Craig Lynes
Senior Advisor, US
February 22, 2024

Outcome Focused Compliance in Aviation Security

Traditional Approach to Compliance

US federal regulators’ approach to achieving compliance with aviation security regulations has traditionally relied on a Compliance and Enforcement (C&E) model focused on federal assessments and inspections, administrative actions consisting of Warning Notices or Letters of Correction, Letters of Investigation and, in many cases, Civil Penalties.  Although an increased threat level over the last forty years, as well as tragic incidents like Pan Am Flight 103 and ValuetJet 592, have resulted in stronger aviation security oversight, the compliance cycle has largely remained unchanged.  

Figure 1: The standard Compliance and Enforcement Cycle:

In 2010, the US Transportation Security Administration (TSA) and industry stakeholders began rethinking this legacy system, posing questions such as:  

  • What are we attempting to achieve with the C&E model?  
  • Has TSA been successful in increasing the overall level of compliance, or, to the contrary, is the agency continuing to observe the same instances of regulatory noncompliance?  
  • Have oversight actions improved overall levels of compliance and enhanced aviation security?  

As a result of these introspective efforts, TSA stakeholders began to focus on a new philosophy of Outcome Focused Compliance (OFC).  

Outcome Focused Compliance, a New Approach

TSA officially launched OFC in 2019 with the publication of the TSA Action Plan Program, a document outlining the purpose of the approach, its applicability, and how it works in practice.  TSA summarized the goal of OFC as “addressing security vulnerabilities and instances of unintentional non-compliance with administration actions rather than civil enforcement action”.1  As part of OFC, entities such as air carriers or airports agree to voluntarily disclose to TSA any vulnerability or non-compliance they might identify through an Action Plan.  In return, TSA helps the operator identify the root causes of the vulnerability and possible mitigation approaches.  The entity is then required to address the vulnerability, and by doing so, avoid civil penalties.  TSA will always ‘trust but verify’ in ensuring adherence to the Action Plan.

OFC should be understood as a complete reframing of TSA’s approach to compliance and enforcement.  Instead of the never-ending cycle of compliance and enforcement with noncompliant stakeholders, TSA plays a support role in helping the operator enhance its overall security posture.  Mutual trust is at the heart of OFC and the TSA Action Plan Program.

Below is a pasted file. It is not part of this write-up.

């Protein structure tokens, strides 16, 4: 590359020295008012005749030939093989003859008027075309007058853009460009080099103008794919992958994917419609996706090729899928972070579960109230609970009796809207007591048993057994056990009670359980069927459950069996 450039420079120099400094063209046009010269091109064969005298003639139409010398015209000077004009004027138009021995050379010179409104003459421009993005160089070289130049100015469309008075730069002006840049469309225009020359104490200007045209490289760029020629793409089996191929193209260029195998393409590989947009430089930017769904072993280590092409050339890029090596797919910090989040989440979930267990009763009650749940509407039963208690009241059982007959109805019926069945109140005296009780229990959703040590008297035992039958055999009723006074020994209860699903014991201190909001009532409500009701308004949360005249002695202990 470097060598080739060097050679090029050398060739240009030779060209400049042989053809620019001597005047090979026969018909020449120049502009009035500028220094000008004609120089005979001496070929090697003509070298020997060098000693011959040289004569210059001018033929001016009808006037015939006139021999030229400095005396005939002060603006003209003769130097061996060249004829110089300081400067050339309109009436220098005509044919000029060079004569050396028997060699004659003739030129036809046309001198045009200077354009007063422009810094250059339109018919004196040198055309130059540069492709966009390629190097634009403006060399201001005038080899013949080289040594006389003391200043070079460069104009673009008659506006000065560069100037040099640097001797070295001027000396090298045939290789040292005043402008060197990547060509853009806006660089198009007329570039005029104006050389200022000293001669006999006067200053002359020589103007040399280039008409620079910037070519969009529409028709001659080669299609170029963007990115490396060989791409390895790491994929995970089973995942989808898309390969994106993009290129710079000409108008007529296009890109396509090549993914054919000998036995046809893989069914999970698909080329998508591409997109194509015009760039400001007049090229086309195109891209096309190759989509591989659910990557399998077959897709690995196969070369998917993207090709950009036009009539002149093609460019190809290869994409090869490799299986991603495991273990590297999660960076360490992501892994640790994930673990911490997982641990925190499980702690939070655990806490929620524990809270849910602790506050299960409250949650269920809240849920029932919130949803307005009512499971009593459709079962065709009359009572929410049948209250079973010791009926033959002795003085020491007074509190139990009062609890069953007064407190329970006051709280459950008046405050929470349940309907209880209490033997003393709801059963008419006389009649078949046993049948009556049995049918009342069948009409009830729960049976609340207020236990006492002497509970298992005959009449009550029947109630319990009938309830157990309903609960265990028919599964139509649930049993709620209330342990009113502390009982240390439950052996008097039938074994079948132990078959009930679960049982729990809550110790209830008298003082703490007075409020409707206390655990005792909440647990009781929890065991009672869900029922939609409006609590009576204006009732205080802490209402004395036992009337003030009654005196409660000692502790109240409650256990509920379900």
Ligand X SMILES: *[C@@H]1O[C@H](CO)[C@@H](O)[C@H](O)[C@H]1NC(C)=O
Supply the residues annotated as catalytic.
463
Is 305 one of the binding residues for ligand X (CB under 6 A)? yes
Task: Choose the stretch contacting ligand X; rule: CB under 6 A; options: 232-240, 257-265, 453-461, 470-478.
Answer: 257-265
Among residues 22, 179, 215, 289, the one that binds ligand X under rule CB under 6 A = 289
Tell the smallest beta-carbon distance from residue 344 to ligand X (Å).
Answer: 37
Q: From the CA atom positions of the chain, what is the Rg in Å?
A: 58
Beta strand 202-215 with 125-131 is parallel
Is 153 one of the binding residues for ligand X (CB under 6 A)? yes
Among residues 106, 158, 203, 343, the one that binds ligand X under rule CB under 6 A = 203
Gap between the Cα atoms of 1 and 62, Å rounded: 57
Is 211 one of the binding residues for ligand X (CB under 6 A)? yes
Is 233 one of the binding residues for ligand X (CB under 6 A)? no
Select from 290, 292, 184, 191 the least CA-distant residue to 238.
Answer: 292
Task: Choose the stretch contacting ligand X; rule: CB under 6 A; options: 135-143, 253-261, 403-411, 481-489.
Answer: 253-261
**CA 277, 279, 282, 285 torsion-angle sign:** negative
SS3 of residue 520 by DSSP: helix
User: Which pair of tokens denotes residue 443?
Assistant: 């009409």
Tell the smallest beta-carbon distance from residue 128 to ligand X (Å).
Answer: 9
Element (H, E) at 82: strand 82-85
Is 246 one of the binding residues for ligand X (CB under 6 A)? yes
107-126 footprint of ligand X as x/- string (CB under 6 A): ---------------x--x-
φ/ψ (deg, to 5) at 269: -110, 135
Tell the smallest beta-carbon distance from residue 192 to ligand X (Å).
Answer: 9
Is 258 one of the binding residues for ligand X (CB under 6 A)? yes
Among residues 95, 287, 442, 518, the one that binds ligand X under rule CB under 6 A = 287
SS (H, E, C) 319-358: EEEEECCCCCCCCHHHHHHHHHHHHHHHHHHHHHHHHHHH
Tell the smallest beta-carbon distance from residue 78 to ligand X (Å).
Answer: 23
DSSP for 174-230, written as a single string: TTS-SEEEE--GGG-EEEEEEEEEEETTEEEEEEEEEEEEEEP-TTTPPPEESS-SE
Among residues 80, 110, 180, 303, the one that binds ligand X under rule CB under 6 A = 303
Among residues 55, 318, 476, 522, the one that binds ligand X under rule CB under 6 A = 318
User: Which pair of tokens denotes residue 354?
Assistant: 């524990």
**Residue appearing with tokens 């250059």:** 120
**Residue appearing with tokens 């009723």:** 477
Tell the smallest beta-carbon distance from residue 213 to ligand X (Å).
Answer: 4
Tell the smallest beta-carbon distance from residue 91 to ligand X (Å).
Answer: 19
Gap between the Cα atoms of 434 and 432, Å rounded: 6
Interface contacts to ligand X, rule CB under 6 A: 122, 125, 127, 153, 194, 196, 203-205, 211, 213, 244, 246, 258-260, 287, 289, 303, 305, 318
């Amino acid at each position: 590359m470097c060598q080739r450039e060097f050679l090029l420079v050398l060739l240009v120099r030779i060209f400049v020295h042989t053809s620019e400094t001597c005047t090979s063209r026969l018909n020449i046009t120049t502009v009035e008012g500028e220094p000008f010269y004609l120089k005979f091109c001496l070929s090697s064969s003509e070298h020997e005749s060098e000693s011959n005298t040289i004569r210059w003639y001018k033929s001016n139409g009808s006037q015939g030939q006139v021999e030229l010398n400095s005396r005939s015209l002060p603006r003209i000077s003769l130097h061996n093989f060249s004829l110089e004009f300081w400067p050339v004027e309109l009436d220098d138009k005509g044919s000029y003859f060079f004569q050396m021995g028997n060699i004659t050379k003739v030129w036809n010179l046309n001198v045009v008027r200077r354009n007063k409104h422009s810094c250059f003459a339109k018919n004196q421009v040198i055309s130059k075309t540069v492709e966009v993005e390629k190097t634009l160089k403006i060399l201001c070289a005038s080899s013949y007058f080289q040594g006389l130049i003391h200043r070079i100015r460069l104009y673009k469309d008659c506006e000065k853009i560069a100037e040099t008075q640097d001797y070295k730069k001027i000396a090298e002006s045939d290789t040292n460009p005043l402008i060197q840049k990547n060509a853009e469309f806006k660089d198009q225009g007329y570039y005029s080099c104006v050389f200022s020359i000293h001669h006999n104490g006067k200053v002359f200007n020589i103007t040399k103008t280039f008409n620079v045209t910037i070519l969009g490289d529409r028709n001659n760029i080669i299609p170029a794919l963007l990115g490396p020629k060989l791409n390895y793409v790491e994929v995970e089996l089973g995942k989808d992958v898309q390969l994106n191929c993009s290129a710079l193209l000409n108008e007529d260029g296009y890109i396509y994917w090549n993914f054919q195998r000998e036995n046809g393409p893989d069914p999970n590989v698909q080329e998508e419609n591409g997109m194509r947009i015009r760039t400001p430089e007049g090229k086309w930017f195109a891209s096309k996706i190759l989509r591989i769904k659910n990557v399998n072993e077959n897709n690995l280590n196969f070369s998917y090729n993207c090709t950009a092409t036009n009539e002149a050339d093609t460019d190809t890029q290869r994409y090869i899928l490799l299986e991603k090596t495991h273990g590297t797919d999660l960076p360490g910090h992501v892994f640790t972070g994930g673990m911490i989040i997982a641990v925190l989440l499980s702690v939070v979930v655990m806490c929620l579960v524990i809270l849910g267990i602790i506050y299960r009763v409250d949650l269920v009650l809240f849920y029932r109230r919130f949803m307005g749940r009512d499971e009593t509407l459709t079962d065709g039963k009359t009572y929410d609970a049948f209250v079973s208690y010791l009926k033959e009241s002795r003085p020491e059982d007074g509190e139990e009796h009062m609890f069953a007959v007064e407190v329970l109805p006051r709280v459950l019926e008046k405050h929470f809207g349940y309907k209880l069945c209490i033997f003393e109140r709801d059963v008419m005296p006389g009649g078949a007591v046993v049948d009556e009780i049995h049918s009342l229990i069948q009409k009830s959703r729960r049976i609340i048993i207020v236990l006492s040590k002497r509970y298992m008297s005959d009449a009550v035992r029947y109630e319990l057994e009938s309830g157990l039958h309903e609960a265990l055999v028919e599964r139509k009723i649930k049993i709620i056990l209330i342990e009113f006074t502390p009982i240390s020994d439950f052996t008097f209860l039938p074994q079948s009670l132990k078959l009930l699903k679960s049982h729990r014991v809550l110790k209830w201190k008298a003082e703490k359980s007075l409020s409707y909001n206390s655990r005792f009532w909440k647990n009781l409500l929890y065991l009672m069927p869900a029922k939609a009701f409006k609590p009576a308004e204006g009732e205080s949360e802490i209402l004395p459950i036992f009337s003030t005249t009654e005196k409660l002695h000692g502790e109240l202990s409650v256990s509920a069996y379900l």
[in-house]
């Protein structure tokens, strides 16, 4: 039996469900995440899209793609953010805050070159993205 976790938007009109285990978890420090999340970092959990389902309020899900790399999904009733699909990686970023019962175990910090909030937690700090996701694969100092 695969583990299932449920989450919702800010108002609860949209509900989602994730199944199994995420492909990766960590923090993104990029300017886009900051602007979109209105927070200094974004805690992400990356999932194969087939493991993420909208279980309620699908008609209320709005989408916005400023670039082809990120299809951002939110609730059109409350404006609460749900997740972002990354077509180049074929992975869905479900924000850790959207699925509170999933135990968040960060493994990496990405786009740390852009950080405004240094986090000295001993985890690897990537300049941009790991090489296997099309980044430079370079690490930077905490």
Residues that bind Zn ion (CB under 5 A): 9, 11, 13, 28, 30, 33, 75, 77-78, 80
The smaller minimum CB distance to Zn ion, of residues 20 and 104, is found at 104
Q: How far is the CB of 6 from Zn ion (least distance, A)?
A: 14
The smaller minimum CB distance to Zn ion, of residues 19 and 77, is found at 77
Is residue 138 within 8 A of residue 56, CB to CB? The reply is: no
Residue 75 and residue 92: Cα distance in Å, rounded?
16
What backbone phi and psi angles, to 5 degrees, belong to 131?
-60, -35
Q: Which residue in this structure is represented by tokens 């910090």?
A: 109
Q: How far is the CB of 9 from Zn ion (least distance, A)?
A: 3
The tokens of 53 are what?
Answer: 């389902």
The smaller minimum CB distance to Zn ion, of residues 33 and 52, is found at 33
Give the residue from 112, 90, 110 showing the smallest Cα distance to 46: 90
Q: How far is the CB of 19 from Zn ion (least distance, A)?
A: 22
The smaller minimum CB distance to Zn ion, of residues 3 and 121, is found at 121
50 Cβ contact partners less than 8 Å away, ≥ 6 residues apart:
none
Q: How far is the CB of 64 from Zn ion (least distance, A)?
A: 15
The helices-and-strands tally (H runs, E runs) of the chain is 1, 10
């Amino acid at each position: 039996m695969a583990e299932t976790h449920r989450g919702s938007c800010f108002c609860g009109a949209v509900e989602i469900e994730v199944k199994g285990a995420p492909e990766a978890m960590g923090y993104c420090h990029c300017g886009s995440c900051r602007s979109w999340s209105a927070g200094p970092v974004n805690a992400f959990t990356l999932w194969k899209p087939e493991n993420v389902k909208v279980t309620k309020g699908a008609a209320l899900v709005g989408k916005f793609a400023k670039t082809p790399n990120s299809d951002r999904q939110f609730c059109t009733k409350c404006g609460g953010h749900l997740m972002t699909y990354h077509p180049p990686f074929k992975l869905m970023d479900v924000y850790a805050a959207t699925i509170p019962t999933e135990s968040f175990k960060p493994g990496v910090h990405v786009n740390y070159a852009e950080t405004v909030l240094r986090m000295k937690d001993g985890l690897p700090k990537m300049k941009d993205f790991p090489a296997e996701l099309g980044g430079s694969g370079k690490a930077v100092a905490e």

OFC Benefits

While there was some initial hesitation with regards to the implementation of OFC and the Action Plan Program, it has been success for both TSA and industry.  By focusing on how to solve instances of non-compliance through vulnerability identification, TSA and industry stakeholders have been able to increase security levels in partnership, not through adversarial relationships.  TSA has also been able to realign resources by avoiding lengthy civil enforcement actions – where the resulting civil penalty gets assessed years after the original alleged violation took place.  Similarly, stakeholders have reinvested crucial and limited financial and time resources in improving security instead of going through the process of civil litigation.  Since the introduction of the Action Plan Program, TSA estimates that $36 million dollars have been reinvested back into aviation security instead of being assessed through civil penalties!  

What Outcome-Focused Compliance means to not only the federal regulators but more importantly industry, is that:

  • Industry can and has re/invested what it would normally pay in civil penalties directly into its business to improve security processes, procedures, training and implementation of aviation security measures;
  • Industry can and has spent less time on litigation and more time improving security processes and procedures;
  • The AVSEC community can work with TSA to achieve results with aviation security measures, even when there are issues of non-compliance;

And TSA can focus its limited resources on areas needing attention, can inspect more entities, and can ensure that Inspectors meet their annual work plan across all nodes of transportation.

All of this means that the traveling public is receiving a better security product from the aviation industry and the federal regulator charged with oversight of aviation security.  Outcome-Focused Compliance is a win-win-win for the AVSEC community, the federal regulator (TSA) and the traveling public.

Need help navigating OFC or other regulatory matters, get in touch!

Schedule a Consultation

Security and facilitation advisory for the 21st century.

Let's get Started